Dave Hall
> I may be waaaay off base, but I also think some of the pricing

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Hi Scott, If I recall correctly, what you say is true up to a point. They (dairy companies such as Borden and others) do pay by weight, but I think they pay by the weight of butter fat that is in the raw milk. That is one thing that the inspectors look at when they come out to a farm and farmers keep an eagle eye on as well. This can vary greatly over the life of an animal with such variables as breed of cow, type of fodder, age of animal, and general physical condition, and yes, even the amount of rainfall in a year, or so I've heard in Biology and ag science courses. Anyway, the upshot is that the price the farmer gets for his raw milk is based on the richness of that milk in butter fat, cream if you will.

Those prices sound real attractive. If only you could trust the ground to stay where you found it. <G>
Later, Beej
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Well, isn't it preferable to have milk shaken not stirred? :)
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Yup. The butterfat content does get factored into the cwt price.

So far, so good. I've survived both Wittier Narrows and Loma Prieta with no problems (9 miles from the epicenter of the first, 20 from the second). Both in the high 6's. Thought they were following me around for a while.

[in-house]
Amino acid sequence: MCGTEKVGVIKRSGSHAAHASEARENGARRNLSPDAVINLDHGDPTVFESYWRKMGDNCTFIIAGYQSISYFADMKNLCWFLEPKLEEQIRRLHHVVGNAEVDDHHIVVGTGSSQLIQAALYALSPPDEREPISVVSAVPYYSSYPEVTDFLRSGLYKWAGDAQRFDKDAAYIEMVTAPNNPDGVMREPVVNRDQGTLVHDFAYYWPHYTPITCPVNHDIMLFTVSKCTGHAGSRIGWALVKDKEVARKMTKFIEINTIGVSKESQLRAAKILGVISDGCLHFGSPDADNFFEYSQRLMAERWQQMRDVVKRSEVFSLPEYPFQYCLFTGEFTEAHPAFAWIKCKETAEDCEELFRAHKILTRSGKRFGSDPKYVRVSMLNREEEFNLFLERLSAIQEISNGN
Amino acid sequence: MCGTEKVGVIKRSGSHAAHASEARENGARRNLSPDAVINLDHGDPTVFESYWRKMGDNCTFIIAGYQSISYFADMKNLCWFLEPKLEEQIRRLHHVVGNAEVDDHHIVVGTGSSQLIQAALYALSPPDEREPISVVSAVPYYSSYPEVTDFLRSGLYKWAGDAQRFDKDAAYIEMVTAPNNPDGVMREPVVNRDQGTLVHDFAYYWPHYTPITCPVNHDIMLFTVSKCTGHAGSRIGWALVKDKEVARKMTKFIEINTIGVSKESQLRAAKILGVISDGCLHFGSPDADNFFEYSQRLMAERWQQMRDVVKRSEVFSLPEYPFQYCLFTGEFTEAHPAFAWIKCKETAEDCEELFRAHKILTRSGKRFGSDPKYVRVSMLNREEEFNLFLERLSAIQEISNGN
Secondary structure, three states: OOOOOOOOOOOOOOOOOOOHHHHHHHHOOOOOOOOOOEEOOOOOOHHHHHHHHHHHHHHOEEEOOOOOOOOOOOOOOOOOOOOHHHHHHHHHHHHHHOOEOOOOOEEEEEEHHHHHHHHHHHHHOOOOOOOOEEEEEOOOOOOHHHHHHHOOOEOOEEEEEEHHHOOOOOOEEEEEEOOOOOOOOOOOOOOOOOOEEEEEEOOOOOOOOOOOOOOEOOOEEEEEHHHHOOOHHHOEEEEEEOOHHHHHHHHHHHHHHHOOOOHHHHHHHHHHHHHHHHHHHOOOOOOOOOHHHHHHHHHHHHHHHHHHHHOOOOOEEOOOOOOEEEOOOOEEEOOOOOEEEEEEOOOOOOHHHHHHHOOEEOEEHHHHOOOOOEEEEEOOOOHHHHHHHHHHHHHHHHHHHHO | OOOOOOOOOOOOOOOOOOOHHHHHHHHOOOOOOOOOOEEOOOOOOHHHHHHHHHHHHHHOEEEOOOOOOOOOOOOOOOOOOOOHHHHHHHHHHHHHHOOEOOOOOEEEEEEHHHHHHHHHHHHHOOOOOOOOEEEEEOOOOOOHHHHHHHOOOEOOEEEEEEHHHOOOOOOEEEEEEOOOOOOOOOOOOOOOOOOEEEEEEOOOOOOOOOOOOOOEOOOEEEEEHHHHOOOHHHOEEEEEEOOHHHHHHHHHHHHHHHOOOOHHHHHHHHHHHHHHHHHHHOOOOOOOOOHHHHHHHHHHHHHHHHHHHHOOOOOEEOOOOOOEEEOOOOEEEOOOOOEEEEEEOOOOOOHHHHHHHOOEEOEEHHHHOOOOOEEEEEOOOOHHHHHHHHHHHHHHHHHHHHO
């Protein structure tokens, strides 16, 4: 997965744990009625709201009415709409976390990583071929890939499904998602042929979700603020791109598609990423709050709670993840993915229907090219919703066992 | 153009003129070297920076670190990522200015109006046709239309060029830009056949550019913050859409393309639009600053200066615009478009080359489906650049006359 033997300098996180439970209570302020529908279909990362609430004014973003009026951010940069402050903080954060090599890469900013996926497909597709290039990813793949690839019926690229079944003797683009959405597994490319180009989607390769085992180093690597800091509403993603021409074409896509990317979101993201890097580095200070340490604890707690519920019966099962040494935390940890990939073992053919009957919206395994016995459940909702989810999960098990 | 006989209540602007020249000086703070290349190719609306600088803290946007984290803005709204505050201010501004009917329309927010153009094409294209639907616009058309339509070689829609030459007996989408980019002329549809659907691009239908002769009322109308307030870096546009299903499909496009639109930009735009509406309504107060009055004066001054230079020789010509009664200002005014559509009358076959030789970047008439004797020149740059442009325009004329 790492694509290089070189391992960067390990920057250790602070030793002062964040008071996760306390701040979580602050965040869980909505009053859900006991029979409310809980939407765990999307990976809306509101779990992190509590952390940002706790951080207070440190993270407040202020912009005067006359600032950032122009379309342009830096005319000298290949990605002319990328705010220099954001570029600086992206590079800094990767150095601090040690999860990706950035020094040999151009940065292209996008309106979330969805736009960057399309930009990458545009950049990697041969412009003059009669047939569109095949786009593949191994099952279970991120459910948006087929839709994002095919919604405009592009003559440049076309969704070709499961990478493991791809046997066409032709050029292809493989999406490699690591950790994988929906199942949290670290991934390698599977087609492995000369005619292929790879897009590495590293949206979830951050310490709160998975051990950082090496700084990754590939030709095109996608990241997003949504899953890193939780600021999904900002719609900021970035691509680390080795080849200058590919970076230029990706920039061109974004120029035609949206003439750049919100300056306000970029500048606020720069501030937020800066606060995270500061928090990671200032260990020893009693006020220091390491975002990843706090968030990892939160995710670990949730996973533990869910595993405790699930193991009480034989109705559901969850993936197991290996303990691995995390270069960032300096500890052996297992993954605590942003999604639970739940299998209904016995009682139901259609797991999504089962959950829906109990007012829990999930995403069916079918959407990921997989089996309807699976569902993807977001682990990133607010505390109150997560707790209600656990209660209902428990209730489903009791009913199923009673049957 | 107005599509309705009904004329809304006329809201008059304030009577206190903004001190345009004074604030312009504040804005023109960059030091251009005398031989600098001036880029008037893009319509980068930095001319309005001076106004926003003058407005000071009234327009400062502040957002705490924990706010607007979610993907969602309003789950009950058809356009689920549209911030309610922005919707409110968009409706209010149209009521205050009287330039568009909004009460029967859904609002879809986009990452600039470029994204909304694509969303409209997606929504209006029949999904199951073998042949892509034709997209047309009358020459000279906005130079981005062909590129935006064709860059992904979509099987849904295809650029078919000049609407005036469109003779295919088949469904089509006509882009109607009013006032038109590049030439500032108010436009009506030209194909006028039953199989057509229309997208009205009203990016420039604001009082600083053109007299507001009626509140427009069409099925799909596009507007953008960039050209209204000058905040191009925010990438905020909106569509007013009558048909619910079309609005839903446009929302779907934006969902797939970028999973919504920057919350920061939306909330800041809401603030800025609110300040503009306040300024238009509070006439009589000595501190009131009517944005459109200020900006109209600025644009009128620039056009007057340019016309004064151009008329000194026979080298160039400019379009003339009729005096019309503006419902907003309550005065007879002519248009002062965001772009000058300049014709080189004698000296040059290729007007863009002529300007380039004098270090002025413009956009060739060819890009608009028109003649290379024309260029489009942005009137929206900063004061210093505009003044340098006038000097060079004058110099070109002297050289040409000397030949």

scott
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We pay about $2.25 per gallon in Texas. How long will a gallon set in the refrigerator before it spoils? We get about 10 days on average.
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Leon wrote:

I presume you're talking milk? If so, freeze it. Don't know what the plastic jugs do but the paper ones take it just fine. Shake it up before you open it--freezing tends to separate it.
--
--John
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We never have any go bad, but I have heard that some states have different standards for the way milk is processed and it lasts a relative long time compared to 10 days. 21 to 30 days seems right. Some special milks do last a long time. I was wondering if the $4+ per gallon is a result of milk that lasts longer.

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I've switched brands of milk in the past because the newer brand didn't go sour as fast. The company explanation was that it was packaged differently allowing less light to be absorbed by the milk.